Monday, 31 August 2015

Devon Sojourn 2 - Roadford Lake

After exploring the Granite Way and Meldon Dam, we then headed for Roadford Lake, not far from the enticingly named village of Broadwoodwidger and not far from the Cornish border.

As soon as I arrived at the lake the first thing I thought was how much it reminded me of Rutland Water back up in my part of the world. It may not be as large, but the feel of it, with the cafe and shop, bike trails and sailing school is very reminiscent. But at Roadford, you feel very high up, wind turbines dot the horizon and there is the sense that the sky is not that far away.

The winds blow the training dinghies about the water as we have tea and cake. The world's tallest man stands in front of us and looks at the world's smallest puppy, a baby meerkat sized chihuahua.  A giant metal sundial glitters in a lowering sun.

A bird hide proves the birds are hiding. But there are plenty of butterflies, and a big hawker flies over my shoulder like a strafing Spitfire. Muddy ground hints at the autumn to come.

A child screams eerily in the trees. The dense woods surrounding the lake might be very scary at night. But in the day, it was lovely.


All text and images copyright CreamCrackeredNature 

The calm waters

Sailing woes


Splashing at the edge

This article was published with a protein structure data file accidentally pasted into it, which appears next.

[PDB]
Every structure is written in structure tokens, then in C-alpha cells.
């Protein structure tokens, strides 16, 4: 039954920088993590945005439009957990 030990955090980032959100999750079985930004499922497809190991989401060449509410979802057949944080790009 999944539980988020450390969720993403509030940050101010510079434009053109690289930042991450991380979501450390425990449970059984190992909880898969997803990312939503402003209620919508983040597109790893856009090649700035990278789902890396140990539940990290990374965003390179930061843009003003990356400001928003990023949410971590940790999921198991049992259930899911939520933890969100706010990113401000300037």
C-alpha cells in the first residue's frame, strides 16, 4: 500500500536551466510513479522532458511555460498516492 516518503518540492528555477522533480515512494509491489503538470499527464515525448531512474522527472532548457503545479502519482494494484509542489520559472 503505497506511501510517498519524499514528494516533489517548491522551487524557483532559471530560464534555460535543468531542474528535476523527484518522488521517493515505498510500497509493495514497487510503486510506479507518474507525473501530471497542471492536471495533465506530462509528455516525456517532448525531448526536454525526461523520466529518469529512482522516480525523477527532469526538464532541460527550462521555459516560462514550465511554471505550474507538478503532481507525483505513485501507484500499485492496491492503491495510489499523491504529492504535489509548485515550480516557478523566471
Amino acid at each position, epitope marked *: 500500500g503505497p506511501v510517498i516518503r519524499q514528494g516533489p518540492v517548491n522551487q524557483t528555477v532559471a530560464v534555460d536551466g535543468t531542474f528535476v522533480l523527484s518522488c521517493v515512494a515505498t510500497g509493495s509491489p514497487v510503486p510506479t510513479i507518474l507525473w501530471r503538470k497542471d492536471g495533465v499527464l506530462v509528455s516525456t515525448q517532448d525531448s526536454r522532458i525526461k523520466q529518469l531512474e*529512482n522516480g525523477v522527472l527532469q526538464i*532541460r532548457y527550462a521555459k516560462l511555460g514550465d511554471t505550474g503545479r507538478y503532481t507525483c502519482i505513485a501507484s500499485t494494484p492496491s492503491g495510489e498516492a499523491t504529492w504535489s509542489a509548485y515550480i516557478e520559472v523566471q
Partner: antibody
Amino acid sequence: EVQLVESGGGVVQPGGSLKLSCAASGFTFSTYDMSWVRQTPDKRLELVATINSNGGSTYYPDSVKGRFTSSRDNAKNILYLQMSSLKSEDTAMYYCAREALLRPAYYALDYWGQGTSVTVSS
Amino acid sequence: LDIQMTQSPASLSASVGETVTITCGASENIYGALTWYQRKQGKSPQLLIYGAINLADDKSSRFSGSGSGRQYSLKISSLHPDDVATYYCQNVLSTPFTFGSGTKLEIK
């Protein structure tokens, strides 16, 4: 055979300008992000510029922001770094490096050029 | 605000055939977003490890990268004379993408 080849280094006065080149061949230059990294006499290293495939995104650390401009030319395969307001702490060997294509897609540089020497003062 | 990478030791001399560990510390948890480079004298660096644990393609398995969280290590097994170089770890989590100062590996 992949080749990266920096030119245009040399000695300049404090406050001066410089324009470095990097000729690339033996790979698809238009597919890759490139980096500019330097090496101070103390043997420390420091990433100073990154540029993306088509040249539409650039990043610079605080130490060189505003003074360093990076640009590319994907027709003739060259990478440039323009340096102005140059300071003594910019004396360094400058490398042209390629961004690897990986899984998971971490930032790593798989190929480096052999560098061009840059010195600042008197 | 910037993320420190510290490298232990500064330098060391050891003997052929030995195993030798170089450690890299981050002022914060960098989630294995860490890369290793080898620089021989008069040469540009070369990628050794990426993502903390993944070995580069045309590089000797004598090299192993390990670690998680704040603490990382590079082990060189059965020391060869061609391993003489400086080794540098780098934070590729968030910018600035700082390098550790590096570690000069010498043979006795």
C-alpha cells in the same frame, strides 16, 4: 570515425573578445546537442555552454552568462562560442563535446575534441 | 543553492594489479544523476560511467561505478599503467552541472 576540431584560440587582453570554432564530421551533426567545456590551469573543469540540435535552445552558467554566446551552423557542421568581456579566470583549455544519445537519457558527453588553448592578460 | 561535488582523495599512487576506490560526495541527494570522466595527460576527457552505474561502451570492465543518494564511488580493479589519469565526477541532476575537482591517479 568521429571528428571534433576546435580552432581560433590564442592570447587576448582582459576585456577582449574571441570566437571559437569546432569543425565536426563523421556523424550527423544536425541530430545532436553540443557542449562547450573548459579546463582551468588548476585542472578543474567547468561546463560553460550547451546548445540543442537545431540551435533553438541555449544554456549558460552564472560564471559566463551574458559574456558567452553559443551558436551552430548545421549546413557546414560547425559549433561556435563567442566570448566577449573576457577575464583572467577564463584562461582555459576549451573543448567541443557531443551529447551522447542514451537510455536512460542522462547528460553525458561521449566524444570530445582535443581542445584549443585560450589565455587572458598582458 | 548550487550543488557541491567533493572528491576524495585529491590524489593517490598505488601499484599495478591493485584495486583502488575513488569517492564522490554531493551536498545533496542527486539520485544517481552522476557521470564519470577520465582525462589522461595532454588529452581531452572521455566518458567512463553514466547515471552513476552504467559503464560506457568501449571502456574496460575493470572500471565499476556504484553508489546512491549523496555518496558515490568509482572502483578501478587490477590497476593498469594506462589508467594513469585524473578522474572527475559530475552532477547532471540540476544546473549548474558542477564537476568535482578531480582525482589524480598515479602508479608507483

Small tortoiseshell

The butterfly seeks a different world view

Very tatty meadow brown

Silver sundial

Chubby hoverfly


  1. Nice pictures Si. Yes, I agree,not unlike Rutland Water.

  2. Love the Small Tortoiseshell and the Silver Sundial. Haven't been to Rutland Water for years but from memory it does look similar.

  3. Thank you! I haven't managed to go yet this year either, although to be honest apart from the reserve bit at the end which costs a fair bit to get into, there isn't a lot to see at Rutland.

  4. I don't know this area, though know and love much of the surrounding countryside. It looks a calming sort of place.

  5. What a fantastic place, great photos. I always smile when we drive past the sign for Broadwoodwidger, such a great name.

  6. Thank you very much Chickpea, it's a world of odd place names...a bastardised hybrid of Celtic, Cornish and old Engliush dialects at a guess